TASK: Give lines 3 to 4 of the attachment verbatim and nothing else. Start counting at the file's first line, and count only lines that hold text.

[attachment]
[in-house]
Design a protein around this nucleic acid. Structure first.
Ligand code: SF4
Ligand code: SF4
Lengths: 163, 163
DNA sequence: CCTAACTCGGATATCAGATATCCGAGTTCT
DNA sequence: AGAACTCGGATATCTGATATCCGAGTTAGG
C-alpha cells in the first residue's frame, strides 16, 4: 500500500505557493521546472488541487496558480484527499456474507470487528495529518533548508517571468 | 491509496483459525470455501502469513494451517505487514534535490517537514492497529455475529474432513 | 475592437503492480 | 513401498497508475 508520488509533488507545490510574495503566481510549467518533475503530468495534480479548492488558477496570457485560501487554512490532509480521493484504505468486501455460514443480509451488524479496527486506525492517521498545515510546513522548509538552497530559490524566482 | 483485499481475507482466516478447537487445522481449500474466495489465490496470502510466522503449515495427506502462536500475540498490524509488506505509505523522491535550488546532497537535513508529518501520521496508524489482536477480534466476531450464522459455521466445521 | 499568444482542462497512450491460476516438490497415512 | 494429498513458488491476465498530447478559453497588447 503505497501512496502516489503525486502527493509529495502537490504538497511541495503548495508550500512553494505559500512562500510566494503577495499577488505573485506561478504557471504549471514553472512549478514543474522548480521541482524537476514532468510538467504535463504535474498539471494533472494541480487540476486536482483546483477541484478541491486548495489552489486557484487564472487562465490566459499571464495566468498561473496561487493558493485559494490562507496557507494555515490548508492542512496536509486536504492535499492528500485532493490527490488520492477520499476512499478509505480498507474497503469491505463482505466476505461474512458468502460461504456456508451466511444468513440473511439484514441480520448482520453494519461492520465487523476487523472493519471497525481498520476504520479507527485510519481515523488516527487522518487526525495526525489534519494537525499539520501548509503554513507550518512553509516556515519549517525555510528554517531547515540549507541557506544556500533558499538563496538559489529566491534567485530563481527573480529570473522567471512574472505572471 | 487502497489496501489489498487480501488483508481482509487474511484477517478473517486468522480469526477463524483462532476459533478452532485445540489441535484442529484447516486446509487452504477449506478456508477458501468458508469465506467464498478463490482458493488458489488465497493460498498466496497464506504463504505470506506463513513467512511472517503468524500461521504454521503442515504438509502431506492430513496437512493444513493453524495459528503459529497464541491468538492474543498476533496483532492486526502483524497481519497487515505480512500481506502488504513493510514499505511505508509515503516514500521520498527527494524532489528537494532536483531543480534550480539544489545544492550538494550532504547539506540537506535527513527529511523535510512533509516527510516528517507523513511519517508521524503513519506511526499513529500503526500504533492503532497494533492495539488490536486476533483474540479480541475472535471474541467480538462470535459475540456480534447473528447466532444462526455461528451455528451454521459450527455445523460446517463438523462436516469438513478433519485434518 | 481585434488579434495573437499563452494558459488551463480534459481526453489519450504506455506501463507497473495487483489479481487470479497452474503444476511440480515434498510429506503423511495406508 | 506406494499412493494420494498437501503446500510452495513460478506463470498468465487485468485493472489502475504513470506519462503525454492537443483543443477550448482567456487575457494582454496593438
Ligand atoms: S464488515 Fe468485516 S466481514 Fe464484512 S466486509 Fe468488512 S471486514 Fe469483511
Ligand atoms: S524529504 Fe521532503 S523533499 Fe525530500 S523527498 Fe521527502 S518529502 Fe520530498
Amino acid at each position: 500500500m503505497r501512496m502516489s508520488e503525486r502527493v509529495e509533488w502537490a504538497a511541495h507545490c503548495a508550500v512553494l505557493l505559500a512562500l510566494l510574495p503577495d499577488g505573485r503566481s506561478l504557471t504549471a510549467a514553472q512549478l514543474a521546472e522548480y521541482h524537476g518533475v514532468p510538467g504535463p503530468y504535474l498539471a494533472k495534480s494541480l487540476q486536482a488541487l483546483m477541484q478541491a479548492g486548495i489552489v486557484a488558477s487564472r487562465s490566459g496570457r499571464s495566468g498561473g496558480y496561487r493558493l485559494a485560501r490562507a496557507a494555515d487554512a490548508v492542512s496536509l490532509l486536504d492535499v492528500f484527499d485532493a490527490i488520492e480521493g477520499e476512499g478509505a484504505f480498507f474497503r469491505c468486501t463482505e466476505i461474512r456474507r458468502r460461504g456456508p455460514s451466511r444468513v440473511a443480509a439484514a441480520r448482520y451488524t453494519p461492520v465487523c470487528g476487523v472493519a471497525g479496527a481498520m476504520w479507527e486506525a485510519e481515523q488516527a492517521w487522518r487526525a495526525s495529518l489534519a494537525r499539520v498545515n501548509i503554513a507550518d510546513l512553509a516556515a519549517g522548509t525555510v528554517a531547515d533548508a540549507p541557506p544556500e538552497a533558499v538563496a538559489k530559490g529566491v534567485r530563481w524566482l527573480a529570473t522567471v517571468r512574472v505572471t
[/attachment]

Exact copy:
Ligand code: SF4
Ligand code: SF4